No Small Talk
What’s worse than going to an event where you don’t know anyone? Having to make small talk. Not just once but over and over again. If you are anything like me or most people, you despise answering the same questions all night. It can limit someone from trying something new like attending a random networking event or Shabbat dinner.
I recently moved back to Denver from San Francisco. In SF, I was invited to a “No Small Talk” party, which originated from this Wired article. There are three rules:
- You must show up within an hour of the partying starting, since a party doesn’t really start until all the guests arrive.
- No cell phones; it’s important to be present (this one is HARD)
- No small talk- no hometown, job or TV shows– but instead you have to ask deeper more engaging questions. Think open ended questions or conversation starters like “What could solve homelessness? If money where not a factor, what would you be doing in life?”
Moving back to Denver and beginning to build my community, I figured an easy way to bring people together would be to host a “No Small Talk Shabbat Dinner” through OneTable. The events were always open because it’s more fun to try this out with strangers. It seems people are more willing to open up. The first dinner was only singles because it seemed like people would be more open and honest if they didn’t have a partner, sibling or other person to limit what they might otherwise share. Last week was the third one I hosted. It was open to everyone: singles, couples, friends and strangers. Even having one of my closest friends since childhood with whom we talk about everything, I still learned something new about her from these conversations. There were about 20-30 people, and many didn’t know each other or anyone there. We opened with the question for the group of “What are you celebrating this week?” It was an opportunity for people to share their excitements, accomplishments etc. and a nice ice breaker for people to ask them follow-up questions later. What was incredible is about ten people (most of whom had never met before) stayed until 1am and shared some of their deepest thoughts, fears and opinions with mostly total strangers. They all exchanged numbers and made plans to hang out later that week. It was incredible to see how just going a little deeper than typical surface level questions can form strong relationships and help you really get to know someone. It makes for such rich conversation, vulnerability, and friendship.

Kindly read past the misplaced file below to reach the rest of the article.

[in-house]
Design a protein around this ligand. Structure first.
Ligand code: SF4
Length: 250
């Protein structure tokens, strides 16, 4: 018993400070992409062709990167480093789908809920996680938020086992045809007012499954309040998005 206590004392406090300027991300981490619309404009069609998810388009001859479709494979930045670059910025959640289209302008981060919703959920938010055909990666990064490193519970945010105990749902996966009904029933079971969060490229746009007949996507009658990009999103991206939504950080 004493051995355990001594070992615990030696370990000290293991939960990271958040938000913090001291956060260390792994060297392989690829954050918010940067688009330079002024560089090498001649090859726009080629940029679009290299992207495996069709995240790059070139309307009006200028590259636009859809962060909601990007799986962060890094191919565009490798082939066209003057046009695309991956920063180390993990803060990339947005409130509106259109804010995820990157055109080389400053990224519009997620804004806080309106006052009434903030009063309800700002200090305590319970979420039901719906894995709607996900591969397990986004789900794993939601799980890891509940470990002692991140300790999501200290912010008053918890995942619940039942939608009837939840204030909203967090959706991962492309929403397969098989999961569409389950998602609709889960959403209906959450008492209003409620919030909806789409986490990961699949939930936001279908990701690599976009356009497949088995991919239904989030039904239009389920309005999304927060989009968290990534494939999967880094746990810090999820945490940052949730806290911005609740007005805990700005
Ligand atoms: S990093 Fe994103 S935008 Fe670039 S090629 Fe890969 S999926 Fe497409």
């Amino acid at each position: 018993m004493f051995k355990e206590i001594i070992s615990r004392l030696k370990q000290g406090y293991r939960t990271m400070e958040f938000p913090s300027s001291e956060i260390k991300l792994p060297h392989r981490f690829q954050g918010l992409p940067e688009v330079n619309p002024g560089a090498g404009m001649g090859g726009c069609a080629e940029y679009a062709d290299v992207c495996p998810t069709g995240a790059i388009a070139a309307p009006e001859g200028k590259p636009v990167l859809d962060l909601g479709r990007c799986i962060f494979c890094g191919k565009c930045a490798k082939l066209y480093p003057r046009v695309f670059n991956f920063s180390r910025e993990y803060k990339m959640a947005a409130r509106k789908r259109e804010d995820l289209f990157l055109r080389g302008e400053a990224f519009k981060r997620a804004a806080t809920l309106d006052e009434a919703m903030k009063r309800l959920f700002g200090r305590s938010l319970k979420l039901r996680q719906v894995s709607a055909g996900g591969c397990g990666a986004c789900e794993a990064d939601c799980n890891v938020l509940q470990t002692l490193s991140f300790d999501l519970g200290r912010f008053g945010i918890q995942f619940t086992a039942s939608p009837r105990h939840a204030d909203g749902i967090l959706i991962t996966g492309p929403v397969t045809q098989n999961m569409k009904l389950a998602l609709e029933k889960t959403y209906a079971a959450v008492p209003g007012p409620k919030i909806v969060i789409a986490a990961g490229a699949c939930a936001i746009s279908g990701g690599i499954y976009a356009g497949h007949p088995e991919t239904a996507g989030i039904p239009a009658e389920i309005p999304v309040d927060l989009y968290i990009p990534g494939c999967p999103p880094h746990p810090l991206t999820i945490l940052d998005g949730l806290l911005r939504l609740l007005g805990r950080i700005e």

If you are interested in hosting your own no small talk dinner, here are some tips to get started:
- List the three rules above and make sure everyone attending understands what they are getting themselves into. (The phone is a tough one and never has been 100% successful)
- For your first party, smaller groups seem to work better. It makes it more manageable and allows one to two people to ask questions to the whole table to make it less awkward.
- Print out questions on the table to facilitate conversation (here are a few sites from which you can print questions).
- As the host, make sure the no small talk rule starts the minute someone walks in your house—instead of asking “how are you doing” find a more creative ice breaker. My favorite is, “What was the best part of your week?”
- Don’t sweat it if there is some small talk and not all the rules are always followed. It is hard to get out of our usual routines and how we have been programmed.
- Make sure there are a few key people in attendance at different tables (if there is more than one table) who have questions prepped or use questions at the table to facilitate the discussion and bring everyone in.
Your guests will appreciate not having to make awkward, uncomfortable and often shallow small talk. You will be amazed how much you learn about other people and how much you are willing to open up when asked the right question.